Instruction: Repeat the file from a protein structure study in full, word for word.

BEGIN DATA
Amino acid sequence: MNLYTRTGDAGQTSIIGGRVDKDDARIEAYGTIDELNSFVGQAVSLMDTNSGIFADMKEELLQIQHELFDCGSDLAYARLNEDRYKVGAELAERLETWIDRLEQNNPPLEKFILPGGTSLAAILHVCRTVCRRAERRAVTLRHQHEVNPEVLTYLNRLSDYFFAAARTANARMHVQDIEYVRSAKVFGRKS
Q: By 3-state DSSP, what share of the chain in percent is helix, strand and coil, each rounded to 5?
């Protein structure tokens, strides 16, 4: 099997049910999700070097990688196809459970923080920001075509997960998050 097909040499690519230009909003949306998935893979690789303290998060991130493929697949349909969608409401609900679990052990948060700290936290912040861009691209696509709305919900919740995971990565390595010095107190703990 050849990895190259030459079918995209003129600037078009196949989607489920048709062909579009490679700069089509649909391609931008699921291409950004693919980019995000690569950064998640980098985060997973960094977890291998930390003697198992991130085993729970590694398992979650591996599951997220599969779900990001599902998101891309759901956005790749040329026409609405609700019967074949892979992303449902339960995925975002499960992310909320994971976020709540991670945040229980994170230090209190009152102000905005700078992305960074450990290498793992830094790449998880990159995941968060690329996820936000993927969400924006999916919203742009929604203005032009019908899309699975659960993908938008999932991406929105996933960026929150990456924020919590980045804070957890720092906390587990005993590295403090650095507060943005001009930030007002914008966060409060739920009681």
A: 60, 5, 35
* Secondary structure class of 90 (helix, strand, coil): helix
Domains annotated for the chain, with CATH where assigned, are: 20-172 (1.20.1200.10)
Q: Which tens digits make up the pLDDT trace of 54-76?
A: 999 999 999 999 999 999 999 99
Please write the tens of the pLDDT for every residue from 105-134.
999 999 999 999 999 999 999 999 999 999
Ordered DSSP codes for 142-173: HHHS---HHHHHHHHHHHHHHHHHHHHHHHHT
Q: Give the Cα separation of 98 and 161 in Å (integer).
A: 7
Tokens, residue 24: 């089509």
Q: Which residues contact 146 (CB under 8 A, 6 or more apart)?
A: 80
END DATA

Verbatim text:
Amino acid sequence: MNLYTRTGDAGQTSIIGGRVDKDDARIEAYGTIDELNSFVGQAVSLMDTNSGIFADMKEELLQIQHELFDCGSDLAYARLNEDRYKVGAELAERLETWIDRLEQNNPPLEKFILPGGTSLAAILHVCRTVCRRAERRAVTLRHQHEVNPEVLTYLNRLSDYFFAAARTANARMHVQDIEYVRSAKVFGRKS
Q: By 3-state DSSP, what share of the chain in percent is helix, strand and coil, each rounded to 5?
């Protein structure tokens, strides 16, 4: 099997049910999700070097990688196809459970923080920001075509997960998050 097909040499690519230009909003949306998935893979690789303290998060991130493929697949349909969608409401609900679990052990948060700290936290912040861009691209696509709305919900919740995971990565390595010095107190703990 050849990895190259030459079918995209003129600037078009196949989607489920048709062909579009490679700069089509649909391609931008699921291409950004693919980019995000690569950064998640980098985060997973960094977890291998930390003697198992991130085993729970590694398992979650591996599951997220599969779900990001599902998101891309759901956005790749040329026409609405609700019967074949892979992303449902339960995925975002499960992310909320994971976020709540991670945040229980994170230090209190009152102000905005700078992305960074450990290498793992830094790449998880990159995941968060690329996820936000993927969400924006999916919203742009929604203005032009019908899309699975659960993908938008999932991406929105996933960026929150990456924020919590980045804070957890720092906390587990005993590295403090650095507060943005001009930030007002914008966060409060739920009681």
A: 60, 5, 35
* Secondary structure class of 90 (helix, strand, coil): helix
Domains annotated for the chain, with CATH where assigned, are: 20-172 (1.20.1200.10)
Q: Which tens digits make up the pLDDT trace of 54-76?
A: 999 999 999 999 999 999 999 99
Please write the tens of the pLDDT for every residue from 105-134.
999 999 999 999 999 999 999 999 999 999
Ordered DSSP codes for 142-173: HHHS---HHHHHHHHHHHHHHHHHHHHHHHHT
Q: Give the Cα separation of 98 and 161 in Å (integer).
A: 7
Tokens, residue 24: 């089509």
Q: Which residues contact 146 (CB under 8 A, 6 or more apart)?
A: 80